I was a young boy from Wall South Dakota when the storm hit. I remember going out my bedroom window coming around the south side of the house to shovel out our back door and my mother’s bedroom window. Us 5th grade boys then went uptown and I climbed to the top of the snowdrift which nearly covered the roof of the “pool hall” on one side and grabed the Schlitz beer sign when I made it to the top. I received a tremendous shock and fell clear to the bottom of that massive drift! As others have stated, the powerlines in Wall were only about 3 to 4 feet above some of the drifts. So, the cops were doing everything possible to warn kids to stay off them! The Bridge underpasses were also plugged shut. Amazing storm!
01:44 pm - Sat, March 2 2019
Dorothy M. Wiederhold said:
I remember this storm well. I lived and worked at Igloo, SD, for the DOD. My Mom and brother were visiting us to help with my baby and 2 toddlers. I left the house early to pick up a co-worker. Unfortunately, within 5 minutes of leaving the house a radio announcement stated that employees were to remain home because of the weather conditions. I got stuck before I got to co-worker's house and had to walk through knee deep snow. (In those days females were expected to "dress" for work---skirts, dresses - NO SLACKS) By the time I got home my legs were in bad shape from the cold. My Mom "thawed" my legs and feet by gradually soaking from cool water to warm water. I had chill-blaines for weeks.
03:26 pm - Sat, March 2 2019
Stephanie said:
My family of 6 was among the 21 at Bloomfield and I was a freshman in high school. Surprisingly, the four families stranded were all together. Not one sibling or parent was separated! Bloomfield was a two room home and a country grocery, so we did have food like ice cream in the freezers! Our hosts were an older couple who had a record player with ONE album....the Green Beret. We made a couple decks of cards and took turns sleeping in corners of the floor. They did have a phone, which wasn't working, but we discovered that we could leave the receiver off the hook and communicate with Pheasant City and the Hofer farm. Remarkably, we didn't lose power. It was a miracle that we found Bloomfield, by driving the middle of the road with car doors open to guide along the center stripe. It was a total whiteout for 2 1/2 days!! And no lives were lost!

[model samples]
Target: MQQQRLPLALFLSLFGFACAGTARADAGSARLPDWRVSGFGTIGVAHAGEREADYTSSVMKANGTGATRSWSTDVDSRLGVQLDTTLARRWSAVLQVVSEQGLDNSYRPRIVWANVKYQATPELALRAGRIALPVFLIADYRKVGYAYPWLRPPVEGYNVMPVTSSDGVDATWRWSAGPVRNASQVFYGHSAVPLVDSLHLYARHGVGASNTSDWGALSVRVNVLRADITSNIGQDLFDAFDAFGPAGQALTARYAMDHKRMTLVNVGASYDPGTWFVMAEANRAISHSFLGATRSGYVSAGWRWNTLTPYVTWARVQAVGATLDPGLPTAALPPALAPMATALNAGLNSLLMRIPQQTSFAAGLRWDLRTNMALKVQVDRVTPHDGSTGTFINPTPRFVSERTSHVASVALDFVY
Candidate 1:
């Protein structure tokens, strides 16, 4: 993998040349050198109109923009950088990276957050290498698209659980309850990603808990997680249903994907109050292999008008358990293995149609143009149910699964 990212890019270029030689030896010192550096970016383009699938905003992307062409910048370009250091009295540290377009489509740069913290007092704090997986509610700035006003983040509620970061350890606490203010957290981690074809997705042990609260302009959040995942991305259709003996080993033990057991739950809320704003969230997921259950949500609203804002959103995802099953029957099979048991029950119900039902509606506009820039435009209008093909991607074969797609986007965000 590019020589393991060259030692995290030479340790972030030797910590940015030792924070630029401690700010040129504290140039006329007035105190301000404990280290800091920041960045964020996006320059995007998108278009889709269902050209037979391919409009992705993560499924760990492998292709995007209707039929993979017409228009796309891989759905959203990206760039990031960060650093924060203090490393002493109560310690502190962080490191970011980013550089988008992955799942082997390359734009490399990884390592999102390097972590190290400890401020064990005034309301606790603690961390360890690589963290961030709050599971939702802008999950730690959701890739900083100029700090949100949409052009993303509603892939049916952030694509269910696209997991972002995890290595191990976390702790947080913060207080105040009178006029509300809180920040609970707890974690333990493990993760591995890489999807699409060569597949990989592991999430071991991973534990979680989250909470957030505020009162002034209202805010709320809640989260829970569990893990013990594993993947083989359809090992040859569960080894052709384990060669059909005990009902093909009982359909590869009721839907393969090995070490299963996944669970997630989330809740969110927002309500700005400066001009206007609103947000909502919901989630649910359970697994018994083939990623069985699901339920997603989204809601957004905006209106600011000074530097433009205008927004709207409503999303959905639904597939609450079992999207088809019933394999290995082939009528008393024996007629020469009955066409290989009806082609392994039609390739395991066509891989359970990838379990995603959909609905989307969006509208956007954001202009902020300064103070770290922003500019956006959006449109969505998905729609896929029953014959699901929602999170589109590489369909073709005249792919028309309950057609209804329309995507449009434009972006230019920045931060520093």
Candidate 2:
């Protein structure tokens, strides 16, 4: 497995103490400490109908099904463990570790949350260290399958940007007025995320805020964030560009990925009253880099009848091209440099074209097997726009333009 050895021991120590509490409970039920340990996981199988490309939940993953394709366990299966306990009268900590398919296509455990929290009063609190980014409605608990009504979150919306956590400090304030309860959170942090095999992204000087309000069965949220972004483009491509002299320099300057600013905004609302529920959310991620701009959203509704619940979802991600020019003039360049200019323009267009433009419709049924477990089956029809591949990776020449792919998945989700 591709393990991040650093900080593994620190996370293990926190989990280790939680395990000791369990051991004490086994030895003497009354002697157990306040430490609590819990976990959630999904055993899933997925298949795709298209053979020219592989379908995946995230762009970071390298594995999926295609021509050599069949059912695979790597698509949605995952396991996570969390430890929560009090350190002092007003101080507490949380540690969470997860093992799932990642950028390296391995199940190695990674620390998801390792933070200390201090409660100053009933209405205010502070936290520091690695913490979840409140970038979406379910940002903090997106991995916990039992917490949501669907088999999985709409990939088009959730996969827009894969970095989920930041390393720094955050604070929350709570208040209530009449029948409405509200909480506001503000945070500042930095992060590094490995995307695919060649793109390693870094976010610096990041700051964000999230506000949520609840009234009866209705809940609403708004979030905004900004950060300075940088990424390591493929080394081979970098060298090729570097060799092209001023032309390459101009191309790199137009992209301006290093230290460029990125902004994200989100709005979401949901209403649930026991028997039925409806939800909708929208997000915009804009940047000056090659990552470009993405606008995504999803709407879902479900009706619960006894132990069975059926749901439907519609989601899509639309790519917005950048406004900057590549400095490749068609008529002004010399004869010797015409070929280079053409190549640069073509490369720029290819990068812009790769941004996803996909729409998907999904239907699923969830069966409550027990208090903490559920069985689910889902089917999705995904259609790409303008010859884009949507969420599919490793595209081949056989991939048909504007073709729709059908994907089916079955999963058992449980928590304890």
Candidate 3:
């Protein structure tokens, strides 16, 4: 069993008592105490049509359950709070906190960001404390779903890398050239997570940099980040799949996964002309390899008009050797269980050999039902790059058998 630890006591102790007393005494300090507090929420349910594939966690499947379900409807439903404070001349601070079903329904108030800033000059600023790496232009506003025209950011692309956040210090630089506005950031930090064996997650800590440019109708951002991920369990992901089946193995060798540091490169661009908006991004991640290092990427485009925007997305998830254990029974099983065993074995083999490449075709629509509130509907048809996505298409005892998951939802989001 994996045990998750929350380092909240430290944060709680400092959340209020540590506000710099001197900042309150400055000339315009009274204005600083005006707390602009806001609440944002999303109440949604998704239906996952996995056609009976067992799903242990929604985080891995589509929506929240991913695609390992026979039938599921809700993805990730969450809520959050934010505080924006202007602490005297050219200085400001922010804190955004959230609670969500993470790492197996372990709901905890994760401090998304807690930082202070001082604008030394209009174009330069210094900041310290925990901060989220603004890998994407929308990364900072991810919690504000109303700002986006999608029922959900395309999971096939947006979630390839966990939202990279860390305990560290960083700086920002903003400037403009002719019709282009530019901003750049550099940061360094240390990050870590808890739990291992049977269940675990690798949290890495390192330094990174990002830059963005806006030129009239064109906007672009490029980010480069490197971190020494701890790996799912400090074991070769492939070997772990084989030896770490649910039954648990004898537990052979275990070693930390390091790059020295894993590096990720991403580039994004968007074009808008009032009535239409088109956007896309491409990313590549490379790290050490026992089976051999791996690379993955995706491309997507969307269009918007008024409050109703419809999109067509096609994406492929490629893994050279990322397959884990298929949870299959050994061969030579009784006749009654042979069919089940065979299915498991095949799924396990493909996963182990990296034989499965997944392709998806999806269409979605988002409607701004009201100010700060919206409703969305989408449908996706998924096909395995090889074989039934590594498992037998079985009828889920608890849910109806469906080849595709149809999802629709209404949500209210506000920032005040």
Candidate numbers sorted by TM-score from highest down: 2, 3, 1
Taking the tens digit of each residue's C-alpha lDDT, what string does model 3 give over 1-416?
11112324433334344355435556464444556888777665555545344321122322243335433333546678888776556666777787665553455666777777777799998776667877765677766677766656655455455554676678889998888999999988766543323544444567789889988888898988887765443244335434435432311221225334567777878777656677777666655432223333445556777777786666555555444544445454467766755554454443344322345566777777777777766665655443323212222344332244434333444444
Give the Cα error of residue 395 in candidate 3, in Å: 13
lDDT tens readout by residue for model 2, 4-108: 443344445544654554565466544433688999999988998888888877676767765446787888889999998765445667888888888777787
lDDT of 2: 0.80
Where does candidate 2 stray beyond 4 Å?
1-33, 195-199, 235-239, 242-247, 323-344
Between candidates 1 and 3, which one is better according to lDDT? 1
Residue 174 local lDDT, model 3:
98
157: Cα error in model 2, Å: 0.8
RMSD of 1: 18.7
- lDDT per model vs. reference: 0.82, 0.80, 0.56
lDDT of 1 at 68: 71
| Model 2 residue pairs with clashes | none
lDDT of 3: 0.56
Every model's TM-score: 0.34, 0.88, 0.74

06:29 pm - Sat, March 2 2019
Tamara (McLeod) Osterberg said:
I am Tamara (McLeod) Osterberg and lived in Doland SD in 1966. My dad Bill McLeod was Superintendent of Doland at the time and had to be in Huron early for meetings prior to the regional basketball game. So my mom, sisters and I rode to the game in Huron that day with Paul and Ivy Lobizt. I was 12 at the time. It was beautiful weather going to the game but after the game I remember a long line of very slow moving cars headed north out of Huron and visibility was very poor. We ended up at Pheasant City, but my dad made it home to Doland. I remember him telling us that he thought he must be going to fast but the speedometer said 0!! I recall there being 111 or so people staying there. There were 3 bus loads of kids and the people just kept coming!! People were sleeping on the floors, chairs and anywhere they could find a spot. My sister Marla said she recalls sleeping on the meat counter and there being a shortage of food with so many people. Milk was short in supply as it had to be saved for the baby that was there. I remember watching people play a lot of cards. After 2/12 days my dad sent out buses to get us and bring people back to Doland where some good people had food prepared for everyone. Mom had us ride one of the buses home which proved to be a blessing as Paul and Ivy ended up in the ditch. They said if we had been in the car, we probably would have gone through the windshield! I also compare other storms to the huge storm of 1966.
06:35 pm - Sat, March 2 2019